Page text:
Pinky swear

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A pinky swear

To pinky swear, or make a pinky promise, is the entwining of the little fingers ("pinkies") of two people to signify that a promise has been made.

In the United States, the pinky swear has existed since at least 1860, when Bartlett's Dictionary of Americanisms listed the following accompanying promise:

Pinky, pinky bow-bell,
Whoever tells a lie
Will sink down to the bad place [sic]
And never rise up again.[1]

Pinky swearing presumably started in Japan, where it is called yubikiri (指切り?, "finger cut-off") and often additionally confirmed with the vow "Finger cut-off, ten thousand fist-punchings, whoever lies has to swallow thousand needles." (「指切りげんまんうそついたら針千本のます」 "Yubikiri genman uso tsuitara hari senbon nomasu"?).[2] The gesture may be connected to the Japanese belief that soulmates are connected by a red string of fate attached to each of their pinkies.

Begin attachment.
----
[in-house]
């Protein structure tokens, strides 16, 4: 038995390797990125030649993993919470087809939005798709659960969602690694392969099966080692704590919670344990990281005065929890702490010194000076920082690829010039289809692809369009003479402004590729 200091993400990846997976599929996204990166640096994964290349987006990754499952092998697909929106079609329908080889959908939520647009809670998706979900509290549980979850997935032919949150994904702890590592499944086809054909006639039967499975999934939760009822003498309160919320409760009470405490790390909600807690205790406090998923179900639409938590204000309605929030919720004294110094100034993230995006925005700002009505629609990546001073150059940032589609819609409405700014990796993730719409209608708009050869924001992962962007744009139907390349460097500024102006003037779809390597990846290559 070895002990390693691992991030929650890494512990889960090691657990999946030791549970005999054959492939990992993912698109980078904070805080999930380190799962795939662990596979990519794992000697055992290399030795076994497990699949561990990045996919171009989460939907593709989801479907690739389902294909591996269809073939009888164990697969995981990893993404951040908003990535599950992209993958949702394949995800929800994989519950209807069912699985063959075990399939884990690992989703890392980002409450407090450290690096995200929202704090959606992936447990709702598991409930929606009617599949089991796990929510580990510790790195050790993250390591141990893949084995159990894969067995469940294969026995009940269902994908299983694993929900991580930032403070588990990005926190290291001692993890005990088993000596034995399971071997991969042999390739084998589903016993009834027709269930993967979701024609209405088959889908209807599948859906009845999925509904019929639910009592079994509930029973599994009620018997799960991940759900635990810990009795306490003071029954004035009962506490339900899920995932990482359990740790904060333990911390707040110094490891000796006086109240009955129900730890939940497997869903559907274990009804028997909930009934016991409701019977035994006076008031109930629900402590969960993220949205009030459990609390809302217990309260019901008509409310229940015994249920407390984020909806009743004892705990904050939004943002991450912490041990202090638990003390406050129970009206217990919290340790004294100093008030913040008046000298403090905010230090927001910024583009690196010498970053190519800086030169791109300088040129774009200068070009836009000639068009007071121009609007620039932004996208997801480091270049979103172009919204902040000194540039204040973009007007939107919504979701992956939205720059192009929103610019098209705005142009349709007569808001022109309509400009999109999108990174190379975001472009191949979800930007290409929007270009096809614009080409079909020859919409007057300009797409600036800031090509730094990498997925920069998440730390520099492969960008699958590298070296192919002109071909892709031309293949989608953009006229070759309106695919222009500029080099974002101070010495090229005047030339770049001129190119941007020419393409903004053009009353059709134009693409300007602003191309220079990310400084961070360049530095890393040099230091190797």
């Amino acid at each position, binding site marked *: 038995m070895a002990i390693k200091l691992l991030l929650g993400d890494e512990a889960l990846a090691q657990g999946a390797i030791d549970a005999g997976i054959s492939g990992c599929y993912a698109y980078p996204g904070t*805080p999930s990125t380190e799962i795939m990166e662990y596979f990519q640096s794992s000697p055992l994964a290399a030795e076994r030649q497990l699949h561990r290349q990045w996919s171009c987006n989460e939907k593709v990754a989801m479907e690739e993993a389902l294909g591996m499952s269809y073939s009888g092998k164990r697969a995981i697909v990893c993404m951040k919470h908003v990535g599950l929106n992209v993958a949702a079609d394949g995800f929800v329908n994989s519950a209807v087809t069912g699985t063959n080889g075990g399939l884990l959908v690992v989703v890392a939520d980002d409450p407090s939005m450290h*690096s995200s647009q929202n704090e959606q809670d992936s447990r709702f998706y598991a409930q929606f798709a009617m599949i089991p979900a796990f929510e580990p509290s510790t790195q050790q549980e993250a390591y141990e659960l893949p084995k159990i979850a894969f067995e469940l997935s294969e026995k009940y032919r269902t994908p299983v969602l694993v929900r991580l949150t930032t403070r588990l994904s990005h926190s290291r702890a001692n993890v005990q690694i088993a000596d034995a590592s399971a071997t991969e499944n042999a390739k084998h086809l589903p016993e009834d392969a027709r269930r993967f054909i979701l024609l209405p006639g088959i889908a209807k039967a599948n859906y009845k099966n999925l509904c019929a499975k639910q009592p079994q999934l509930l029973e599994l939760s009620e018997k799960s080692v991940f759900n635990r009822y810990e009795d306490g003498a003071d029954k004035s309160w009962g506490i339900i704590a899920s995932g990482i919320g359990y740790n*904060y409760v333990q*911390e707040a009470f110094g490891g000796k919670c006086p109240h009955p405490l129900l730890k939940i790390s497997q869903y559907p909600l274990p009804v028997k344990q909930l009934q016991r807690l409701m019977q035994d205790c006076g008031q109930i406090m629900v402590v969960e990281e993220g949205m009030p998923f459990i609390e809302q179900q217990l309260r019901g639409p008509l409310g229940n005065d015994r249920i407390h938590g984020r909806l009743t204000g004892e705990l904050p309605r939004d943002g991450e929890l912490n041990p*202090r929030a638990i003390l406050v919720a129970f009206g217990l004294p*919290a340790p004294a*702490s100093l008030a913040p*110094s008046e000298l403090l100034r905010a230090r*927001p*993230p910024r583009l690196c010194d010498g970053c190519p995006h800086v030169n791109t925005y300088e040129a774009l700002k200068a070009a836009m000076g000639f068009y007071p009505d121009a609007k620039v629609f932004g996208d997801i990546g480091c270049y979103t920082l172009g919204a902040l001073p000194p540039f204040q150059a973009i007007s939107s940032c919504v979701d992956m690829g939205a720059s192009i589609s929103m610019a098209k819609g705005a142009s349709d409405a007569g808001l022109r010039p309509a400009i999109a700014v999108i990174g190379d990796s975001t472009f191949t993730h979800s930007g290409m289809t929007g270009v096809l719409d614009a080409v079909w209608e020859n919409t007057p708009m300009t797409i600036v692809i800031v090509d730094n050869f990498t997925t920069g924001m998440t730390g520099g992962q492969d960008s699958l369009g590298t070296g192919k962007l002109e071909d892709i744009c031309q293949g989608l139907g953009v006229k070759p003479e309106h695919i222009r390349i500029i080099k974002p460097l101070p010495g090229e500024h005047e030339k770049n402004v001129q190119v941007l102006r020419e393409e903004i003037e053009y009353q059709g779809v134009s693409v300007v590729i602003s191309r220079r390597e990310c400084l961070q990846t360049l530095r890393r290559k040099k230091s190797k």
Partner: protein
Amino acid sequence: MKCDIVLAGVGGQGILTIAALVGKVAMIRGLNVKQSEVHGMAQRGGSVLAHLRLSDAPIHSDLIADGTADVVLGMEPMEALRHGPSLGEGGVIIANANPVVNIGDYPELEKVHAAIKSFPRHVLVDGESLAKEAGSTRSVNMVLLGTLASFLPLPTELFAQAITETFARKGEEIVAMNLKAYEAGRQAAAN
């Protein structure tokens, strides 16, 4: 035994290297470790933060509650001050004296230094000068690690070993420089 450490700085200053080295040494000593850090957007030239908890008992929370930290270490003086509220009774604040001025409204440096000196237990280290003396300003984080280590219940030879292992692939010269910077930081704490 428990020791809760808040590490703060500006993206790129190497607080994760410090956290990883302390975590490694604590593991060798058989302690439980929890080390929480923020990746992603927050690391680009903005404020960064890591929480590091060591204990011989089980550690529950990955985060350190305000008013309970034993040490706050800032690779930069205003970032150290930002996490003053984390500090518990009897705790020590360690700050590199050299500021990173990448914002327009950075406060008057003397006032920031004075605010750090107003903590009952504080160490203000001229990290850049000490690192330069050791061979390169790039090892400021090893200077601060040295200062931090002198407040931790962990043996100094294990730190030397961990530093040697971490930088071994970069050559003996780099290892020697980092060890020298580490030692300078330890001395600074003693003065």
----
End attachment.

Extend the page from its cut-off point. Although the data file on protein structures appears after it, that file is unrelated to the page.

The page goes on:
In Japan, the pinky swear originally indicated that the person who breaks the promise must cut off their pinky finger.[3][dubious ] In modern times, pinky swearing is a more informal way of sealing a promise. It is most common among school-age children and close friends. The pinky swear signifies a promise that cannot be broken or counteracted by the crossing of fingers or other such trickery.[4]


  1. ^ "Pinky". Bartlett's Dictionary of Americanisms. googlebooks. Retrieved 2013-05-25. 
  2. ^ Daijirin
  3. ^ Hill, Peter B. E.: "The Japanese Mafia: Yakuza, law, and the state", p. 75. Oxford Univ. Press, 2003
  4. ^ Iwai, H . Byōri Shūdan: "Sheishin-Shobō", p. 225. 1963